Triggering room-temperature superconductivity with light

Scientists discover that triggering superconductivity with a flash of light involves the same fundamental physics that are at work in the more stable states needed for devices, opening a new path toward producing room-temperature superconductivity.

Much like people can learn more about themselves by stepping outside of their comfort zones, researchers can learn more about a system by giving it a jolt that makes it a little unstable – scientists call this “out of equilibrium” – and watching what happens as it settles back down into a more stable state.

In the case of a superconducting material known as yttrium barium copper oxide, or YBCO, experiments have shown that under certain conditions, knocking it out of equilibrium with a laser pulse allows it to superconduct – conduct electrical current with no loss – at much closer to room temperature than researchers expected. This could be a big deal, given that scientists have been pursuing room-temperature superconductors for more than three decades.

But do observations of this unstable state have any bearing on how high-temperature superconductors would work in the real world, where applications like power lines, maglev trains, particle accelerators and medical equipment require them to be stable?

A study published in Science Advances today suggests that the answer is yes.

“People thought that even though this type of study was useful, it was not very promising for future applications,” said Jun-Sik Lee, a staff scientist at the Department of Energy’s SLAC National Accelerator Laboratory and leader of the international research team that carried out the study.

Read more on the SLAC website

Image: To study superconducting materials in their “normal,” non-superconducting state, scientists usually switch off superconductivity by exposing the material to a magnetic field, left. SLAC scientists discovered that turning off superconductivity with a flash of light, right, produces a normal state with very similar fundamental physics that is also unstable and can host brief flashes of room-temperature superconductivity. These results open a new path toward producing room-temperature superconductivity that’s stable enough for practical devices.

Credit: Greg Stewart/SLAC National Accelerator Laboratory

Nights!

Experimental time at light sources is very precious. When a synchrotron or X-ray Free Electron Laser (XFEL) is in operating mode the goal is to allocate as many experimental shifts to external scientists and in-house research as possible. This includes night shifts! So, how do light source users survive the night shifts? #LightSourceSelfies brings you top tips from scientists based at, or using, 5 light sources in our collaboration – the ESRF, Advanced Light Source (ALS), ANSTO’s Australian Synchrotron, CHESS and the PAL XFEL.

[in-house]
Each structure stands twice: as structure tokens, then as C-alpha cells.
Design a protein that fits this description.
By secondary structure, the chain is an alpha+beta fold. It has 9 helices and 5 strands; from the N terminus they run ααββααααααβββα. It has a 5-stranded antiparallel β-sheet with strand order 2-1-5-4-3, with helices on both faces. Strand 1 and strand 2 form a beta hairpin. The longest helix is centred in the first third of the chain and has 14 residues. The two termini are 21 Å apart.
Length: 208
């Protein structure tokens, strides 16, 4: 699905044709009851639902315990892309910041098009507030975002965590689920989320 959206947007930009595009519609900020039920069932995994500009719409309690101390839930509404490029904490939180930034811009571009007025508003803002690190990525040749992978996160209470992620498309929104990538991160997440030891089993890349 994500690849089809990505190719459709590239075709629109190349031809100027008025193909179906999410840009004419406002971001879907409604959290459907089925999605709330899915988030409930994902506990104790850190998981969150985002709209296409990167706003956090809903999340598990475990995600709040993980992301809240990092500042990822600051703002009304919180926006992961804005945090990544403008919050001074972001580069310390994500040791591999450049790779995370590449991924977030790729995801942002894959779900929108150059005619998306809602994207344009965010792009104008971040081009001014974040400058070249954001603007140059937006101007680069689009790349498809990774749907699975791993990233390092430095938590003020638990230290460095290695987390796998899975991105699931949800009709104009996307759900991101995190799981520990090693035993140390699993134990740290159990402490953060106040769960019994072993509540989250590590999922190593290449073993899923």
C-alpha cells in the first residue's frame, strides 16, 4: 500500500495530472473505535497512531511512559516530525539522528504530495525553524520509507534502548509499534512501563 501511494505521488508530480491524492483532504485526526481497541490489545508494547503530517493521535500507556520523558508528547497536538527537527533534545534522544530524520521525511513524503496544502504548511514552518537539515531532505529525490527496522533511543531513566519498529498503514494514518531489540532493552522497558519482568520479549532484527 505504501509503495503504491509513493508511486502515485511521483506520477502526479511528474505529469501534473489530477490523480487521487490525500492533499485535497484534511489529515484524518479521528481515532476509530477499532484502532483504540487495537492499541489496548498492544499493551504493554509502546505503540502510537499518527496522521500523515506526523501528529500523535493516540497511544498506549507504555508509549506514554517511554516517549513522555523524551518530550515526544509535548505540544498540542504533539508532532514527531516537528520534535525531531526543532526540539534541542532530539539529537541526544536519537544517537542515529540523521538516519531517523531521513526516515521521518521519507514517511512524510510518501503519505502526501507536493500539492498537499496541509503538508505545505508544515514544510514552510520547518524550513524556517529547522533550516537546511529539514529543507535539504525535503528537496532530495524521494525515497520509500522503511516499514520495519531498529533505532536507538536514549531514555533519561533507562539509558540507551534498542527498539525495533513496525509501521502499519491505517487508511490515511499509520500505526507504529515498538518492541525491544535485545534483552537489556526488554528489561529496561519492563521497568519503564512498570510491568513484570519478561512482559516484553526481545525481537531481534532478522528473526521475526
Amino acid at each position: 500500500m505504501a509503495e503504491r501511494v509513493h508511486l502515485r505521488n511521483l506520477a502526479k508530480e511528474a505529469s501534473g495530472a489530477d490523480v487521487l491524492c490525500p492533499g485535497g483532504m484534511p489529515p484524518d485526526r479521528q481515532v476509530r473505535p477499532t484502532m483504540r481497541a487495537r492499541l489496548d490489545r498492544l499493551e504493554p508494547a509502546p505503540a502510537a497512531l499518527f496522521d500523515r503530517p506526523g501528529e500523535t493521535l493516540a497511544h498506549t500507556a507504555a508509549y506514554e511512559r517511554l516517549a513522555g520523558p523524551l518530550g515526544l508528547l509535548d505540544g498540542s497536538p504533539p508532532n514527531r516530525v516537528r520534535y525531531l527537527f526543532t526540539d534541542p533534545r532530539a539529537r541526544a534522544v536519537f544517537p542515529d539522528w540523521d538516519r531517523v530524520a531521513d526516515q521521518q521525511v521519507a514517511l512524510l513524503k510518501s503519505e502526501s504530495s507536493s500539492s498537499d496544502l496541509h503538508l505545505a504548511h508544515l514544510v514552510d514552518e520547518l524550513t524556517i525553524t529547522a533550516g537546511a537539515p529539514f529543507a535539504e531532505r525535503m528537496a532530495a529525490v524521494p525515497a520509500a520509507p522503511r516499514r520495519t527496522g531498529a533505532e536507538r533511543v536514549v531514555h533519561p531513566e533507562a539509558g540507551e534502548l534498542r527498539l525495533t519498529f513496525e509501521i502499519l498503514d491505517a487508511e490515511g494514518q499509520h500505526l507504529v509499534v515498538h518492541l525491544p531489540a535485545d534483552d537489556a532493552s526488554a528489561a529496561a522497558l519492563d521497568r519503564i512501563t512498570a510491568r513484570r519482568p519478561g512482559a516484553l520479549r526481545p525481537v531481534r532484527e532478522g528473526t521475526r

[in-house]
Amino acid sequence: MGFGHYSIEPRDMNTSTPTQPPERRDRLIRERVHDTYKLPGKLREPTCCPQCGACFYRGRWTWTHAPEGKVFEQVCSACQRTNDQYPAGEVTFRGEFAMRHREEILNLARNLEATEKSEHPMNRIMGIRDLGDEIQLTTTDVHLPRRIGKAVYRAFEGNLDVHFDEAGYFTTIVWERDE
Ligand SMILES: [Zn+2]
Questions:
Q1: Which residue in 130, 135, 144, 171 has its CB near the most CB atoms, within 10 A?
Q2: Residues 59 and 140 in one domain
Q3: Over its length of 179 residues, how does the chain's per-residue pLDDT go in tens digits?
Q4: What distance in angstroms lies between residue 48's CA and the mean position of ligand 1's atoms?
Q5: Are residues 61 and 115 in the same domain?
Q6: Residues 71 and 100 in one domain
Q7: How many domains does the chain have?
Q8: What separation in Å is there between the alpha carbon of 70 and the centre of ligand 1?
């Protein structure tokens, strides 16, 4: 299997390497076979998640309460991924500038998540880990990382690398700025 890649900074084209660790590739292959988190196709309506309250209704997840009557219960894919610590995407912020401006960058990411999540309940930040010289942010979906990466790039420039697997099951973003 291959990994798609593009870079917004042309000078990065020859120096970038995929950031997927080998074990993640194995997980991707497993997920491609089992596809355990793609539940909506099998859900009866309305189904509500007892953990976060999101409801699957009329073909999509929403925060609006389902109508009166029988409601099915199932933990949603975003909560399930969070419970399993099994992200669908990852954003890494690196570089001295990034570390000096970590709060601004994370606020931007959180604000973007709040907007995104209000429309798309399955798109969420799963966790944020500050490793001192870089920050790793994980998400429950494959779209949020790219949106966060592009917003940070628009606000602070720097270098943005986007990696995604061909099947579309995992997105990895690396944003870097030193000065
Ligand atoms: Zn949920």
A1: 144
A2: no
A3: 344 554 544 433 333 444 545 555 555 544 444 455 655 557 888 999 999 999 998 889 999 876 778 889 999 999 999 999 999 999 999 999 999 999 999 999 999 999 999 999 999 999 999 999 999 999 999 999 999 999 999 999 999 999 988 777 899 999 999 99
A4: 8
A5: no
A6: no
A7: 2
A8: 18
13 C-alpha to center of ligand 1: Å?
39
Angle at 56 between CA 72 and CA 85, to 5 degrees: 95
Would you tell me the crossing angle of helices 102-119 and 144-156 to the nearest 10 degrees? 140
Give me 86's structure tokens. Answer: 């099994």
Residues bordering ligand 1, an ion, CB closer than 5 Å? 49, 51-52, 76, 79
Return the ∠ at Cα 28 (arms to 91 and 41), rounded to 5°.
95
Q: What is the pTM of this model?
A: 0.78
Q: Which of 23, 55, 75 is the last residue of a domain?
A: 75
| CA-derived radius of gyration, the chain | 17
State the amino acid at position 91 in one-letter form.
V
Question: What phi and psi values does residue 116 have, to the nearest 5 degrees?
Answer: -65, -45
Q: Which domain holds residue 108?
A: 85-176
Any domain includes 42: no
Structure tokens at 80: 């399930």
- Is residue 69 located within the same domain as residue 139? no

That 1st light source experiment: The best way to understand is to experience!

Sae Hwan Chun, beamline scientist and condensed matter physicist at the PAL XFEL

Sae Hwan Chun is a beamline scientist and condensed matter physicist at the PAL XFEL is South Korea, one of the seven XFEL facilities in the Lightsources.org collaboration. Sae Hwan is able to research ultra-fast and dynamic phenomena in condensed matter by using the femtosecond X-ray pulses that XFELs generate.

In his #LightSourceSelfie, recalling his first synchrotron experiment at the Advanced Photon Source (APS), Sae Hwan said, “I thought that I understood how to do the experiment, but actually doing it was a completely different matter. It was like even though you pass a written exam for a driving license your mind goes blind to when you actually drive a car for the first time. This first day gave me a lesson that you should experience something if you want to understand it.”

Collaboration: a watchword for the light source community

Scientists Nina Perry and Nina Vyas, from Diamond Light Source (https://diamond.ac.uk – the UK’s synchrotron), along with SaeHwan Chun, scientist at the PAL-XFEL (https://pal.postech.ac.kr/paleng/ – the Free Electron Laser in South Korea) talk about a theme that is common to all light sources around the world, and indeed to science and all its associated disciplines. Cooperation and collaboration, and their benefits for scientists’ wellbeing as well as the science, are highlighted in this #LightSourceSelfie video.

Nina Perry & Ninya Vyas, on Beamline B24 at Diamond Light Source, the UK’s synchrotron science facility

Beginning your light source journey

Scientists who use synchrotrons such as the Advanced Light Source in California and CHESS at Cornell University, along with staff scientists at Free Electron Lasers in South Korea (the PAL-XFEL) and California (LCLS at SLAC), reflect on how they felt the first time they used a light source facility to conduct research experiments.  The expertise available from the staff scientists who work on the beamlines is also highlighted in this #LightSourceSelfie video.